Congressional investigators are trying to determine whether a massive cover-up of a faulty ignition part by Ford that spanned well over a decade is part of a broader pattern of misleading regulators, the New York Times reports.
Citing internal Ford documents now being studied by the Congressional investigators, The Times reports Ford covered up a defect with an ignition part that causes cars to stall -- in spite of repeated internal studies, complaints from customers, reports of deadly and serious accidents, and warranty claims that topped 40 percent in some years.
Ford asserted in five federal investigations that it knew of no particular defect, while failing to reveal more than a dozen documents that would have shed light on the problem.
The head of Ford is scheduled to testify Tuesday before the Senate Commerce Committee chaired by John McCain about the Firestone tire recall. The National Highway Traffic Safety Administration is investigating 62 deaths that may be linked to the tires.
On Monday, a House committee has released documents showing Bridgestone-Firestone and Ford officials were concerned about tread separation problems long before last month's recall of 6.5 million tires.
Alan Kam, who recently retired after 21 years as the National Highway Traffic Safety Administration's top lawyer for defects and enforcement issues, tells the Times that Ford's handling of problems with an ignition part known as a T.F.I module is the largest cover-up he has ever seen by an auto company.
"When I looked at this material I was astonished," he says. "Ford Motor Company had obfuscated the existence of the T.F.I. module problems even though it had problems on a massive basis."
"They had concealed signs of failures that were occurring at an astronomical level, at a figure far beyond any measure I have seen before. They were telling the agency they didn't know what was causing stalling while they were doing extensive studies showing they knew what was causing the stalling."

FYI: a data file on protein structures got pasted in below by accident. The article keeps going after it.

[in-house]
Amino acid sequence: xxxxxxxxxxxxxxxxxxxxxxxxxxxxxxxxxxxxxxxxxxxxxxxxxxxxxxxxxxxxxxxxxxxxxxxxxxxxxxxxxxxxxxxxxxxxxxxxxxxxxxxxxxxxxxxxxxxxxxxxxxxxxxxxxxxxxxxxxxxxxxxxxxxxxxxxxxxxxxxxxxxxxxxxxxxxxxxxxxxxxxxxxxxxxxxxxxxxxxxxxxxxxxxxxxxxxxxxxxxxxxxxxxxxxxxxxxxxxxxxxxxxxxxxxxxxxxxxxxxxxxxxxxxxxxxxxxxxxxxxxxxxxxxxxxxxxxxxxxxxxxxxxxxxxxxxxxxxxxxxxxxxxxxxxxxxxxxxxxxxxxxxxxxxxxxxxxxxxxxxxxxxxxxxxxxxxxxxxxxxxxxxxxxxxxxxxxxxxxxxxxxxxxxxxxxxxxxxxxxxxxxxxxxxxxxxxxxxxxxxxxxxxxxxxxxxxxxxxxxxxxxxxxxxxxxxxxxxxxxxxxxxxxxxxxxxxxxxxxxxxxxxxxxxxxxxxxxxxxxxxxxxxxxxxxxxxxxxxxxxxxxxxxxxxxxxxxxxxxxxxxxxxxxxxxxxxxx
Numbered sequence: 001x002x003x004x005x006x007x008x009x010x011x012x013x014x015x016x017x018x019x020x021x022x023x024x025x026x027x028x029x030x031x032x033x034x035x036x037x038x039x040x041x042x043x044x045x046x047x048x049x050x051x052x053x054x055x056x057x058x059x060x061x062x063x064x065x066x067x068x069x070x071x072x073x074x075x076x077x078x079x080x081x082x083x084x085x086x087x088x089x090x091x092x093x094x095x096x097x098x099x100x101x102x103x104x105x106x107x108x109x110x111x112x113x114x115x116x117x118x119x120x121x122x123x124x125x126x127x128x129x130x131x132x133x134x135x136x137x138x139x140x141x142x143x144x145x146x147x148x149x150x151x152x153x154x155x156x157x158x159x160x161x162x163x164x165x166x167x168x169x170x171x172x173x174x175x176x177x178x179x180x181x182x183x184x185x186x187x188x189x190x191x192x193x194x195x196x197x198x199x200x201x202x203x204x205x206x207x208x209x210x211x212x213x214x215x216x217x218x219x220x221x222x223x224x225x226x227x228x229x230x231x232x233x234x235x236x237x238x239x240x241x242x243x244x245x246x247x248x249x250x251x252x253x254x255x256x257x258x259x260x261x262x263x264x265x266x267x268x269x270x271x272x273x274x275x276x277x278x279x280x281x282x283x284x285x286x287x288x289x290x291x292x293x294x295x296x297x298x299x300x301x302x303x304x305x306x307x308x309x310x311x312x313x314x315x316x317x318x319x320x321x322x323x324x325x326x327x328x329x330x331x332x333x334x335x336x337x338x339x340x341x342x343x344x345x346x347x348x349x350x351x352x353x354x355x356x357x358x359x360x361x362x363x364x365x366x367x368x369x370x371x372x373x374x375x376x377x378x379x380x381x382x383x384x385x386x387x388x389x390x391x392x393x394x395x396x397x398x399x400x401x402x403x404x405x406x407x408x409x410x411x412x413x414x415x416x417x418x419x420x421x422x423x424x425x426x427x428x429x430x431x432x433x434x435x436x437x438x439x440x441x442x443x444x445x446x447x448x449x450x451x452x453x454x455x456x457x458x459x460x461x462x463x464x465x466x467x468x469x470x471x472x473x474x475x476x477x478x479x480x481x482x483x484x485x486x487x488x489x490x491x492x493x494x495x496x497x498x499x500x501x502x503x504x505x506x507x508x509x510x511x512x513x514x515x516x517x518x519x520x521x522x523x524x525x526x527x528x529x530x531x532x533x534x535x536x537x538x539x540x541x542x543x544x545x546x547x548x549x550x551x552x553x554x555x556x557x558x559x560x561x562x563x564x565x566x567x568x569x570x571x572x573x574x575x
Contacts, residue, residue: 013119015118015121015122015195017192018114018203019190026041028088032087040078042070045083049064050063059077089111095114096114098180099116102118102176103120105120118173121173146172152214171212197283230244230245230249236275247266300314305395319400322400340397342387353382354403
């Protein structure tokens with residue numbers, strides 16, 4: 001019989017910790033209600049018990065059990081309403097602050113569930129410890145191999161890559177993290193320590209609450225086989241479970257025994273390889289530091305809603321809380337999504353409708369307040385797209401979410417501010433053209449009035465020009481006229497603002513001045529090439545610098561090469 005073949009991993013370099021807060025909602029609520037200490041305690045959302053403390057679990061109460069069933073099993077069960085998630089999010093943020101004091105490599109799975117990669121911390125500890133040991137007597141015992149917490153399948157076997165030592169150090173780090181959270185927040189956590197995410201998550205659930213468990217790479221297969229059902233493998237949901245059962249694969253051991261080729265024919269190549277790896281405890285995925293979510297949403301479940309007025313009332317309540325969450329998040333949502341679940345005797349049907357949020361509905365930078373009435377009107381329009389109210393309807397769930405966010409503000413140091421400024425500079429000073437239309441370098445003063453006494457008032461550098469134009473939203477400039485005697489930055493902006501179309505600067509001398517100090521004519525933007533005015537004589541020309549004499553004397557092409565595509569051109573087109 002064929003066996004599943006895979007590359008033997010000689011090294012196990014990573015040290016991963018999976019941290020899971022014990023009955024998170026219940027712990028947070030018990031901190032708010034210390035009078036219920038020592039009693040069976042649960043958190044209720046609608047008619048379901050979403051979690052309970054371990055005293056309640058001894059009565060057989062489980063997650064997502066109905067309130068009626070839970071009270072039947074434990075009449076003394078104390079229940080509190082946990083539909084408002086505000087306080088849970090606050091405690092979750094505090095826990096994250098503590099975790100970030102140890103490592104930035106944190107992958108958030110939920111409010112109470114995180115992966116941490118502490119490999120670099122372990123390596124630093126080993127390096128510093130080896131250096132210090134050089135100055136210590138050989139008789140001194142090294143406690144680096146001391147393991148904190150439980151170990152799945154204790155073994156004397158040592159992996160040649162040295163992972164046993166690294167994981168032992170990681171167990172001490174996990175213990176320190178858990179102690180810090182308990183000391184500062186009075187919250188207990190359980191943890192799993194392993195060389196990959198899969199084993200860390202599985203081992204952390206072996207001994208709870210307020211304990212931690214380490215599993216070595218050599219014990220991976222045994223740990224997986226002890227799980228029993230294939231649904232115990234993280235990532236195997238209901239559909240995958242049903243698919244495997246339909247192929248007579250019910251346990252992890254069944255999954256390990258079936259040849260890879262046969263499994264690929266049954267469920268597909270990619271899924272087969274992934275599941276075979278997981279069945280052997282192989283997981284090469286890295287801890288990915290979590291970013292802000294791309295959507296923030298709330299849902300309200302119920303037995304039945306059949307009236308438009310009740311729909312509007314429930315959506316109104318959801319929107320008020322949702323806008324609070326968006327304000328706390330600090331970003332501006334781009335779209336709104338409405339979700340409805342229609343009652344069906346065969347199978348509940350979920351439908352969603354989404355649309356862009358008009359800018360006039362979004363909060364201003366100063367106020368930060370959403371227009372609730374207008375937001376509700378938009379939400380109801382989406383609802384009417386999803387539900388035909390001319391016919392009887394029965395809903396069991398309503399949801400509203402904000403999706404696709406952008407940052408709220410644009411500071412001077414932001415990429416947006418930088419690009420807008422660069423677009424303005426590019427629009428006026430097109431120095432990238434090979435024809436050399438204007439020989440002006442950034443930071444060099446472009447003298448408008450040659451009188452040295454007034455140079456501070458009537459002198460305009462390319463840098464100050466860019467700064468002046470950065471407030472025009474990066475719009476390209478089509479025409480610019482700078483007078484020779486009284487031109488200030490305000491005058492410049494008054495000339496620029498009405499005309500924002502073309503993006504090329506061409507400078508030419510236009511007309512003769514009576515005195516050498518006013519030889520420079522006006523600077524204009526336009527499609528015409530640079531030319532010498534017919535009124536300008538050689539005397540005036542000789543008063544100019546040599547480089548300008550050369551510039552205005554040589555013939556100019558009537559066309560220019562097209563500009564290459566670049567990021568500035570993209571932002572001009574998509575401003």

Kam has been hired as an expert witness for plaintiffs suing Ford in a case that will be filed in Tennessee.
A California superior court judge in August said he may order a recall of as many as 2 million Ford vehicles because of the ignition part, and accused the company of deceiving federal safety investigators and consumers.
The automaker denies any ignition defects and said no injuries have resulted from allegedly faulty devices. Ford spokeswoman Susan Krusel said the company would ask Judge Michael Ballachey to reverse his preliminary decision at a Sept. 28 hearing in Oakland, Calif.
"We're going to go back to court and present our case again showing that our vehicles are safe and there is no need for a recall," Ford Motor Co. attorney Don Lough told CBS News Corrspondent Sharyl Attkisson in August. "In the long run we expect that this decision will be reversed on appeal."
The Alameda County Superior Court judge's preliminary decision was issued in a lawsuit filed in 1996 on behalf of 3.5 million current and former California owners of Ford vehicles in model years 1983-95. They claim the vehicles stall because an ignition device was mounted in the wrong place.
No other judge has ever ordered a vehicle recall, but Ballachey has said that the law gives him the power to do just that.
The suit challenges Ford's placement of the thick film ignition (TFI) module, which regulates electric current to the spark plugs. In 300 models sold between 1983 and 1995, the module was mounted on the distributor near the engine block, where it was exposed to high temperatures.
Ford executives question whether that would pose a safety hazard and how to properly define "safe."
Ballachey's preliminary order harshly criticized how Ford dealt with the federal safety agency and agreed with the plaintiffs that the company withheld information.
"Ford's strategy, clearly established by the credible evidence, was: 'If you don't ask the right question, we don't have to answer with what common sense tells us you want to know,'" Ballachey wrote.
"Ford presented a blizzard of unpersuasive statistical evidence in an attempt to disprove the obvious: That TFI modules failed in enormous numbers from the outset, that they continued to fail in unacceptable numbers for many years before being replaced by successor technology, and that they presented a serious safety risk to its consumers."
Ford denied it concealed critical information and said its vehicles were no more prone to stalling than any others and posed no hazard.
"We're very concerned for our customers because modifying the ignition switches in the way the court suggests would do more harm than good," Krusel said. "The modules have lasted over 100,000 miles on average ... and in 18 years have never caused an accident."
After complaints from customers and dealers about stalling, Ford recalled 1.1 million 1984-85 vehicles in 1987 to repair their ignition devices. Federal safety officials investigated in 1984, 1985 and 1987 and found no safety defects.